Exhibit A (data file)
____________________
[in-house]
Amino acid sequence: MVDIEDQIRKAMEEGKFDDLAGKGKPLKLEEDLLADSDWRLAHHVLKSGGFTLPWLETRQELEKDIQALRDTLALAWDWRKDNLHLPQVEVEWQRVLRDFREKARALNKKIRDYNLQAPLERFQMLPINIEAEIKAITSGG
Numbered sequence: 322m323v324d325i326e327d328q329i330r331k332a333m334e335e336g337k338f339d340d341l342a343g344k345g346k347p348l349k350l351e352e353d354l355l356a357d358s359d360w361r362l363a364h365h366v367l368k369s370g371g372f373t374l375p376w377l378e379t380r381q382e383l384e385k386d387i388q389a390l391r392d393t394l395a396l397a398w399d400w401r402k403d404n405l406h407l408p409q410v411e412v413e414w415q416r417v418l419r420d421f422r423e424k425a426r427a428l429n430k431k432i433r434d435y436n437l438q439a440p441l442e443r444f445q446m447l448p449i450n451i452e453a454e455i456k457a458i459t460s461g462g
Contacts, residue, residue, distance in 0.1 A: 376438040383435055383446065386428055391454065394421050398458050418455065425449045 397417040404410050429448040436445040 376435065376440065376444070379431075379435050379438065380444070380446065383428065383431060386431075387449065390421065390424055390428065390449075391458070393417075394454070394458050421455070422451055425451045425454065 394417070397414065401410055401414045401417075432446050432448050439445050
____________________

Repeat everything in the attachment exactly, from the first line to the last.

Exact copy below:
[in-house]
Amino acid sequence: MVDIEDQIRKAMEEGKFDDLAGKGKPLKLEEDLLADSDWRLAHHVLKSGGFTLPWLETRQELEKDIQALRDTLALAWDWRKDNLHLPQVEVEWQRVLRDFREKARALNKKIRDYNLQAPLERFQMLPINIEAEIKAITSGG
Numbered sequence: 322m323v324d325i326e327d328q329i330r331k332a333m334e335e336g337k338f339d340d341l342a343g344k345g346k347p348l349k350l351e352e353d354l355l356a357d358s359d360w361r362l363a364h365h366v367l368k369s370g371g372f373t374l375p376w377l378e379t380r381q382e383l384e385k386d387i388q389a390l391r392d393t394l395a396l397a398w399d400w401r402k403d404n405l406h407l408p409q410v411e412v413e414w415q416r417v418l419r420d421f422r423e424k425a426r427a428l429n430k431k432i433r434d435y436n437l438q439a440p441l442e443r444f445q446m447l448p449i450n451i452e453a454e455i456k457a458i459t460s461g462g
Contacts, residue, residue, distance in 0.1 A: 376438040383435055383446065386428055391454065394421050398458050418455065425449045 397417040404410050429448040436445040 376435065376440065376444070379431075379435050379438065380444070380446065383428065383431060386431075387449065390421065390424055390428065390449075391458070393417075394454070394458050421455070422451055425451045425454065 394417070397414065401410055401414045401417075432446050432448050439445050